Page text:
ALBUQUERQUE, N.M., April 2 /PRNewswire/ -- The 2007 Consistency, Accuracy, Responsibility and Excellence in Medical Imaging and Radiation Therapy bill, or CARE bill, was introduced in the U.S. Senate by Sen. Michael Enzi, R-Wyo., and Sen. Ted Kennedy, D-Mass., on March 30. The bill is supported by the American Society of Radiologic Technologists, which represents more than 122,000 medical imaging and radiation therapy professionals. ASRT Director of Government Relations Christine Lung said she's very encouraged by the introduction of the bill this early in the session. "We weren't expecting the Senate to address the bill until after they returned from their Easter recess on April 16." She added, "We were so close to the bill's being passed during the last congressional session. I think this is our year." The CARE bill would require those who perform medical imaging and radiation therapy procedures to meet minimum federal education and credentialing standards in order to participate in federal health programs administered by the Department of Health and Human Services. These programs include Medicare and Medicaid. Under current law, basic training standards are voluntary in some states, allowing individuals to perform radiologic procedures without any formal education. Poor quality images can lead to misdiagnosis, additional testing, delays in treatment and anxiety in patients, costing the U.S. health care system millions of dollars each year. The Senate passed a version of this bill, the RadCARE bill, in December 2006, but the congressional session ended before the House version of the bill could be brought up for a vote. In a March 29 letter, Sens. Enzi and Kennedy asked their colleagues in the Senate to join them in sponsoring the bill. Once the bill has enough cosponsors, it will go before the Senate's Committee on Health, Education, Labor and Pensions for approval, then to the Senate floor for a vote. Sen. Kennedy is chairman of the HELP Committee, and Sen. Enzi is its ranking Republican. The committee will have jurisdiction over the CARE bill during hearings and mark-up. Rep. Mike Doyle, D-Penn., is sponsoring CARE Bill in the House of Representatives. Currently, 49 representatives are cosponsoring the bill in the House and 20 more are expected to sign on soon. Once the bill has 75 cosponsors, Rep. Doyle will ask the chairman of the House's Subcommittee on Health, Frank Pallone Jr., D-N.J., to move the bill to the full Committee on Energy and Commerce. "ASRT members have worked diligently at the grass-roots level and through programs like the R.T. in D.C. lobbying event to educate their senators and congressmen on the need for education and credentialing standards in medical imaging and radiation therapy," Ms. Lung said. "It will be exciting to see the long-term efforts of so many dedicated radiologic technologists come to realization when the CARE legislation is enacted." For more information about the CARE bill and to read the latest news, visit ASRT's Web site at www.asrt.org. About ASRT The ASRT represents more than 122,000 members who perform medical imaging procedures or plan and deliver radiation therapy. The Society is the largest radiologic science association in the world. Its mission is to provide radiologic technologists with the knowledge, resources and support they need to improve patient care.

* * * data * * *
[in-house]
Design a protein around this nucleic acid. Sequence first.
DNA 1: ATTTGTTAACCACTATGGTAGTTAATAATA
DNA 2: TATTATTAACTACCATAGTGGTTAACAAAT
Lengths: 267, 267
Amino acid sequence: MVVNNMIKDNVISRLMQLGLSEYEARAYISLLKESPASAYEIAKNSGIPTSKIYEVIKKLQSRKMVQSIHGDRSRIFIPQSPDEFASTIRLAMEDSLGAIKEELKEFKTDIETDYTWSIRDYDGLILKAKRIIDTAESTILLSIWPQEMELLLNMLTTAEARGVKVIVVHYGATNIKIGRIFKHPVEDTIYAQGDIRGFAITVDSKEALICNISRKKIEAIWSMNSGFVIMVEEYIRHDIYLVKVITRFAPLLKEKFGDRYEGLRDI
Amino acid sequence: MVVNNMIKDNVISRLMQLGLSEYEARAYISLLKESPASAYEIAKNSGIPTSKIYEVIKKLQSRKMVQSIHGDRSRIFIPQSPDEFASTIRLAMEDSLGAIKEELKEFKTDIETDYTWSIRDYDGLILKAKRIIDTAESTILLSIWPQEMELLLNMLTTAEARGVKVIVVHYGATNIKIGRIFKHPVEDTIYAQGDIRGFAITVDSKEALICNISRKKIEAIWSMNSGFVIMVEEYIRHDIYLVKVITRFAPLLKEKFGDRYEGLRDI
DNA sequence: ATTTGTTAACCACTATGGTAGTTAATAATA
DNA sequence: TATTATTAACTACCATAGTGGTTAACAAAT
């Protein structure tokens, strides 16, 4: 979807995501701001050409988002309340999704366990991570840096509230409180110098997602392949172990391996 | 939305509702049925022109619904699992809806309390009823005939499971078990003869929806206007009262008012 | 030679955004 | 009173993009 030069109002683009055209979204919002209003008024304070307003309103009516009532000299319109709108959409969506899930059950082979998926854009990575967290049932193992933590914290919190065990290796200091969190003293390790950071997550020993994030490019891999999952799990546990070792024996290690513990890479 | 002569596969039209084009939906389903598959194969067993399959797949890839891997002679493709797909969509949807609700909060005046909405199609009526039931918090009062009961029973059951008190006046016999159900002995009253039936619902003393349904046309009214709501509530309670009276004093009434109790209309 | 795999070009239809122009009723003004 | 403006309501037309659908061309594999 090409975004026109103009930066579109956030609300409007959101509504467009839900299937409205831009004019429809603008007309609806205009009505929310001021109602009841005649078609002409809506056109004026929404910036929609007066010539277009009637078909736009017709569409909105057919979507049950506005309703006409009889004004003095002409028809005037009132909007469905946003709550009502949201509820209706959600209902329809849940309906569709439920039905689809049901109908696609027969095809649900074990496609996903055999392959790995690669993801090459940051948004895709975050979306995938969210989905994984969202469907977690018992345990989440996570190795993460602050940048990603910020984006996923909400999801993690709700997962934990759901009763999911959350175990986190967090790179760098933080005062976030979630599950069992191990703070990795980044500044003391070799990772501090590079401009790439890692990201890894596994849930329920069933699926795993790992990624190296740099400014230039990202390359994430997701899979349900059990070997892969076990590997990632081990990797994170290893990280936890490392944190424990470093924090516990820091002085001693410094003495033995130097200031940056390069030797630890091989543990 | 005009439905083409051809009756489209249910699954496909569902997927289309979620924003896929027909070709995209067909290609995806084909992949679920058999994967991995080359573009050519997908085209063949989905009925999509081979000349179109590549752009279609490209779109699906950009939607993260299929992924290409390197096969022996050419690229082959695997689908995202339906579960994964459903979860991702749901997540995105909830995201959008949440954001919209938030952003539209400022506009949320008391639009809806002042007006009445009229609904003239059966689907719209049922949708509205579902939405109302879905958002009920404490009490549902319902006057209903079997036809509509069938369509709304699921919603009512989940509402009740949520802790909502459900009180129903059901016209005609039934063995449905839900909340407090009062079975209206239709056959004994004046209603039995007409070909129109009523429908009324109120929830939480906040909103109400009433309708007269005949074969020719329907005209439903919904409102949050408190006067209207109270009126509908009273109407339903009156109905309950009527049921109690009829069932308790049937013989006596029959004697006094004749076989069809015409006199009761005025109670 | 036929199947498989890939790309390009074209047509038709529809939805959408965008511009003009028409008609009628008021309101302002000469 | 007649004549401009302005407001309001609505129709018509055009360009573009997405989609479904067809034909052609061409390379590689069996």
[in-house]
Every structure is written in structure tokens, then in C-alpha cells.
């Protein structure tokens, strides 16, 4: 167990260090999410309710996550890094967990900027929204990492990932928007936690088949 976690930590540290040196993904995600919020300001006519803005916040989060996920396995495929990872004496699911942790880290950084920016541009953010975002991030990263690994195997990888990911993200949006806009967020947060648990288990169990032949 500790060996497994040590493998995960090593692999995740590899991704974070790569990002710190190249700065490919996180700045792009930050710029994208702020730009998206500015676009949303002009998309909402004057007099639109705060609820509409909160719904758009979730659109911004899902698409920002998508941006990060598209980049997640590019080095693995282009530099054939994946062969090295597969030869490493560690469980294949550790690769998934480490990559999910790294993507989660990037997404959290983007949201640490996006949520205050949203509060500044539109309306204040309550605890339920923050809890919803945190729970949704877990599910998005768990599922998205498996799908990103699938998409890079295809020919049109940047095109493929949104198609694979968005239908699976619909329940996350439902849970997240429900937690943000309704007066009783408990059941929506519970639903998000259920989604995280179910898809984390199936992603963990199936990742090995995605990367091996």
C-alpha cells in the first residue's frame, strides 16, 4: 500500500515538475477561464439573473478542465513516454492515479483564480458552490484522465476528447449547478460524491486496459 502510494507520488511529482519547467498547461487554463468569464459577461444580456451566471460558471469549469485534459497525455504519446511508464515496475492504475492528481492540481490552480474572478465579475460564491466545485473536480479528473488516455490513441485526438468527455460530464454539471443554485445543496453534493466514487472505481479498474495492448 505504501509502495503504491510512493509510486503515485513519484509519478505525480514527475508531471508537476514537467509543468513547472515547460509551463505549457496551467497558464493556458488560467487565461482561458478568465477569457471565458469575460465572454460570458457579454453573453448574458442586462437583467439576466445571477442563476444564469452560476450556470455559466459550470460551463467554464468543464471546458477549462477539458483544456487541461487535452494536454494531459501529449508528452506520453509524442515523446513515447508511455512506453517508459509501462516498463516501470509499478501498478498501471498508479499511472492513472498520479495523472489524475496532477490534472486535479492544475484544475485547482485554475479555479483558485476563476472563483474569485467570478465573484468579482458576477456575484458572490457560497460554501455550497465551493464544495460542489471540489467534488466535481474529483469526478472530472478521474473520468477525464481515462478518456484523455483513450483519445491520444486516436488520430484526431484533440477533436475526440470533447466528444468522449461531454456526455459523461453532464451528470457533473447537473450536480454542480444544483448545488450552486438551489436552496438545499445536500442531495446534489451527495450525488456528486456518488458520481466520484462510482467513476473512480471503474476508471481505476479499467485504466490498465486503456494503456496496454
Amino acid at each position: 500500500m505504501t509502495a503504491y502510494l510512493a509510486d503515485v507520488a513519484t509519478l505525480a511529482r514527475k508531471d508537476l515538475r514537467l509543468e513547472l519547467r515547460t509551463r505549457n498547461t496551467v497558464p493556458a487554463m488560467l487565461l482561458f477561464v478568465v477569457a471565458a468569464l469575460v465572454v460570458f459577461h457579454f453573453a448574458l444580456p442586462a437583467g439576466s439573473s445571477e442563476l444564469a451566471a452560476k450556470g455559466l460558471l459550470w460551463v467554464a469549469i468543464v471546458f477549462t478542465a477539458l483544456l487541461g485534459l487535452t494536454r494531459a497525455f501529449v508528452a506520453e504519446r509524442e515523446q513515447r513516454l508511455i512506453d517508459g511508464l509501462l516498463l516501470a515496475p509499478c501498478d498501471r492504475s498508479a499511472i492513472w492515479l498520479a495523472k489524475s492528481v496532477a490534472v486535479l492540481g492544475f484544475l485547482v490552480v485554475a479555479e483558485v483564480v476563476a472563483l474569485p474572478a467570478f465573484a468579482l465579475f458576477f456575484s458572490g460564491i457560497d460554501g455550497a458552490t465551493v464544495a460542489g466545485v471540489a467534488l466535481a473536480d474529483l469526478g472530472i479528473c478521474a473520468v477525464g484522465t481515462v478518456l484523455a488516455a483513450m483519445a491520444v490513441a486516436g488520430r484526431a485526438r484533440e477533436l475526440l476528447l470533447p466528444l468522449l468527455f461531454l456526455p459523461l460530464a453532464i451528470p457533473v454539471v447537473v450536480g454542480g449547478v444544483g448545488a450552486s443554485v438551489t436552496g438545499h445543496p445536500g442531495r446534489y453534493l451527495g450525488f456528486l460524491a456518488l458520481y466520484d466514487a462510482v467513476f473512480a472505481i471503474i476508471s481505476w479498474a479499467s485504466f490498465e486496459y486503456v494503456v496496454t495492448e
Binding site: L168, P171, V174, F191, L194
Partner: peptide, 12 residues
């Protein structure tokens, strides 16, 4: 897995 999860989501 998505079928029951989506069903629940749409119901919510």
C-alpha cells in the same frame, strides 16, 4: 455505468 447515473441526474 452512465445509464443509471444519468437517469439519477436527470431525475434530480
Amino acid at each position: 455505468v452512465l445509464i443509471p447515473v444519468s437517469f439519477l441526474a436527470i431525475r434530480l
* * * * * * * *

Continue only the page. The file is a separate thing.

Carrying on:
SOURCE American Society of Radiologic Technologists